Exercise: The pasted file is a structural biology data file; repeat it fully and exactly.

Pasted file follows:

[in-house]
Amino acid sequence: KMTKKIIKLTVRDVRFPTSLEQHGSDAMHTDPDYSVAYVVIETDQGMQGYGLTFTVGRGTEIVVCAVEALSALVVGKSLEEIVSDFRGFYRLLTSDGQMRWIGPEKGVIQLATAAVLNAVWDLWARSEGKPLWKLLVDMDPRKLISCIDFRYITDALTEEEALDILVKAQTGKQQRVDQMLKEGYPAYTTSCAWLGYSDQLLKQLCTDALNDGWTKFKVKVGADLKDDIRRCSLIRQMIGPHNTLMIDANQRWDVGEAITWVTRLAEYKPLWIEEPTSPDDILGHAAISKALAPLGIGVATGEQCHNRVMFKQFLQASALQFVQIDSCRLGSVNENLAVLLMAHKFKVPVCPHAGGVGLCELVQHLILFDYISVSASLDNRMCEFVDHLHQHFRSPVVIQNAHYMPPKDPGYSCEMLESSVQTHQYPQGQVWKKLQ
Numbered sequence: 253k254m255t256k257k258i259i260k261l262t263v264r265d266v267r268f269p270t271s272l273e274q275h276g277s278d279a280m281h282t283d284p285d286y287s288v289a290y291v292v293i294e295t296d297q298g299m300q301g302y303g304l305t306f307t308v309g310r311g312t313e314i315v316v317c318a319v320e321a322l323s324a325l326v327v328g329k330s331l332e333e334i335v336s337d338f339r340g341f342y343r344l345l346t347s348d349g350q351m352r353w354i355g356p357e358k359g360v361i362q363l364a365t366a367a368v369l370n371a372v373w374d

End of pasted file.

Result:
[in-house]
Amino acid sequence: KMTKKIIKLTVRDVRFPTSLEQHGSDAMHTDPDYSVAYVVIETDQGMQGYGLTFTVGRGTEIVVCAVEALSALVVGKSLEEIVSDFRGFYRLLTSDGQMRWIGPEKGVIQLATAAVLNAVWDLWARSEGKPLWKLLVDMDPRKLISCIDFRYITDALTEEEALDILVKAQTGKQQRVDQMLKEGYPAYTTSCAWLGYSDQLLKQLCTDALNDGWTKFKVKVGADLKDDIRRCSLIRQMIGPHNTLMIDANQRWDVGEAITWVTRLAEYKPLWIEEPTSPDDILGHAAISKALAPLGIGVATGEQCHNRVMFKQFLQASALQFVQIDSCRLGSVNENLAVLLMAHKFKVPVCPHAGGVGLCELVQHLILFDYISVSASLDNRMCEFVDHLHQHFRSPVVIQNAHYMPPKDPGYSCEMLESSVQTHQYPQGQVWKKLQ
Numbered sequence: 253k254m255t256k257k258i259i260k261l262t263v264r265d266v267r268f269p270t271s272l273e274q275h276g277s278d279a280m281h282t283d284p285d286y287s288v289a290y291v292v293i294e295t296d297q298g299m300q301g302y303g304l305t306f307t308v309g310r311g312t313e314i315v316v317c318a319v320e321a322l323s324a325l326v327v328g329k330s331l332e333e334i335v336s337d338f339r340g341f342y343r344l345l346t347s348d349g350q351m352r353w354i355g356p357e358k359g360v361i362q363l364a365t366a367a368v369l370n371a372v373w374d